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Overcoming nervousness as a person with a learning disability

by Robert Ward.

Robert Ward

As a person with a learning disability I have a tendency to get nervous. Even positive compliments from the audience can make me nervous when public speaking. And if I am caught off guard and don't know how to respond - well, that just makes me more nervous. I realize that other speakers may not have this particular problem to same degree, that is all the more reason for you to keep on reading. If I can make strides to overcome nervousness, and stay calm, positive, and encouraging to others, you can do it too!

Often I speak fast and run my sentences together, making it hard for people to understand me. I have to take my time, speak slowly, choose simple language, and control my nervousness. The way that I have learned to overcome being nervous is by first rehearsing my presentation several times and making sure I use the right words, ones that are easy for me to say. If the language is hard for me to pronounce, then it is difficult for my listeners to understand. For example, I have a hard time saying words with R's and L's, so I look for similar words to replace them.

Also, I need to know if I am being clearly understood, and if not, what my listeners didn't understand. I tell them up front not to be embarrassed to say they didn't understand what was said, and from time to time I check their comprehension. I also depend on visuals to get my message across better, meaning, transparencies and handouts that not only outline my speech, but which contain each important, technical term that I use, so the audience can follow me better.

At Sage Skills the data entry students have been either injured on the job, have had their work replaced, or else have learning disabilities. As such they too are nervous about the future. Before our first class meeting I mail a Speaker's Program Questionnaire to find out about the students and their needs and concerns. When I speak to them, I then have an idea of what to say and what not to say. I tell my students what skills they will need to do data entry work and the prospects for employment. I remind them that each student will improve at his/her own pace, that they will be working with other workers who are better and faster keyers than they are, but not to focus on that or be intimidated by it. I tell them that they are in training to make sure they learn the skills they will need to get hired. Accuracy and timing are more important than knowing the computer software, what counts is doing the job right with an attitude of excellence and pride. I emphasize that they need not be ashamed to ask for help when they need it.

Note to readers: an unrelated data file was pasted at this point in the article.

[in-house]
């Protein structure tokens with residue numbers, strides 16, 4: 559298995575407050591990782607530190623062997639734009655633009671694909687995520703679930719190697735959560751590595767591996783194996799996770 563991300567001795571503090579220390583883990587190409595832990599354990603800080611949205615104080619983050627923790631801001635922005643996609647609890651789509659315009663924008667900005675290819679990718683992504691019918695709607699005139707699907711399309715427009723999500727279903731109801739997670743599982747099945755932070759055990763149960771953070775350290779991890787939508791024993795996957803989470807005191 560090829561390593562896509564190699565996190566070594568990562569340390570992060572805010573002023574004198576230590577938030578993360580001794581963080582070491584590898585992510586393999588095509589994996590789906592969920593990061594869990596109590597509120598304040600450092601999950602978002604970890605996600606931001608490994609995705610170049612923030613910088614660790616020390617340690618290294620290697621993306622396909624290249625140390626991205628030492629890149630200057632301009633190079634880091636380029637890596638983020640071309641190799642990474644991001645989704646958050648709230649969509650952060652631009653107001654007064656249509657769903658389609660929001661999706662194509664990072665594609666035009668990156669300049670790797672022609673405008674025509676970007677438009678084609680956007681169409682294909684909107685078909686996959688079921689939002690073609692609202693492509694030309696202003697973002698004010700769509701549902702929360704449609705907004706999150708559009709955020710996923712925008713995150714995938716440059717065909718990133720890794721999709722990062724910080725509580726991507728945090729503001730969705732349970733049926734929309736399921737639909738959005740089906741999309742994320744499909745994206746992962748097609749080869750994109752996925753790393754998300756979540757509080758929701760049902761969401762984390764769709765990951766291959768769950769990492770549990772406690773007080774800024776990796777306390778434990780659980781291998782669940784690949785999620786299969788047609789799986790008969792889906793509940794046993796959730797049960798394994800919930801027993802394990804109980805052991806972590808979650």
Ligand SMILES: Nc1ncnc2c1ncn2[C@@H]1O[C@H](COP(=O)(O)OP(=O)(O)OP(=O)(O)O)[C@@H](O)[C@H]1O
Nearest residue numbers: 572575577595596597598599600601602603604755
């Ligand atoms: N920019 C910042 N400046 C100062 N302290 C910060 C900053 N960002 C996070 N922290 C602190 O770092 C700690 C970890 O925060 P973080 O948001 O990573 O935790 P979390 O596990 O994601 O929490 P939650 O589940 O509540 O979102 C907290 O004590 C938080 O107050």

The way that I gain audience confidence in me is by making sure I know what I am talking about, taking the time to a talk to the students one on one, answering questions as best as I can, talking to them during break and after the seminar, asking them how they are doing in their training. It encourages them and builds their confidence in me.

I use an "I can relate to you" approach when I am speaking to my students. It goes like this: "I sat where you sit now. I have taken the same training that you are taking; I completed the training you are taking now. I am now working at Sage Computer Services doing data entry work."

By vocally affirming the positive outcome of the training program, it gives them the assurance that they can do it too. I also use testimonies from others who have completed their training and been hired at Sage or other local places. This builds their confidence further and lets them know that there are other beside myself doing it.

I also tape record my speeches. I want to make to sure that what I say is helpful. Taping my speeches enables me to hear what I sound like, to know what I forgot to mention, and to answer their questions. Another reason I use tape is to find out what words gave me difficulty and to choose better words the next time I speak.

To be successful in life and work takes self-control. What really matters is how you use your time and skills at the job. I am learning to control my nervousness and to stay focused at my job. In each area of my life I have learned that I need mentors to guide and help me. Being a person who learns things at a slower rate isn't always encouraging, but there isn't any shame in it, either. If someone is able to do something that I am not able to do; that is ok too.

Learning to do my best and be my best at what I do has brought me pride and contentment. I am able to control my nervousness by realizing that I can only do what I am able to do, not worrying about others, focusing on what I can do, and by not comparing myself with others - to do what I can do with a positive attitude and with excellence. "I know others who have done it, I have done it, and You can do it too."

About the author

Robert Ward is a data entry technician and speaker at Sage Skill Training, a branch of Sage Computer Services (Coleman's Data Solutions) in Akron, Ohio. His speech is titled "You Can Rise Above!" For more information phone 330-922-4860 or email bob202w@aol.com

Published: April 2006

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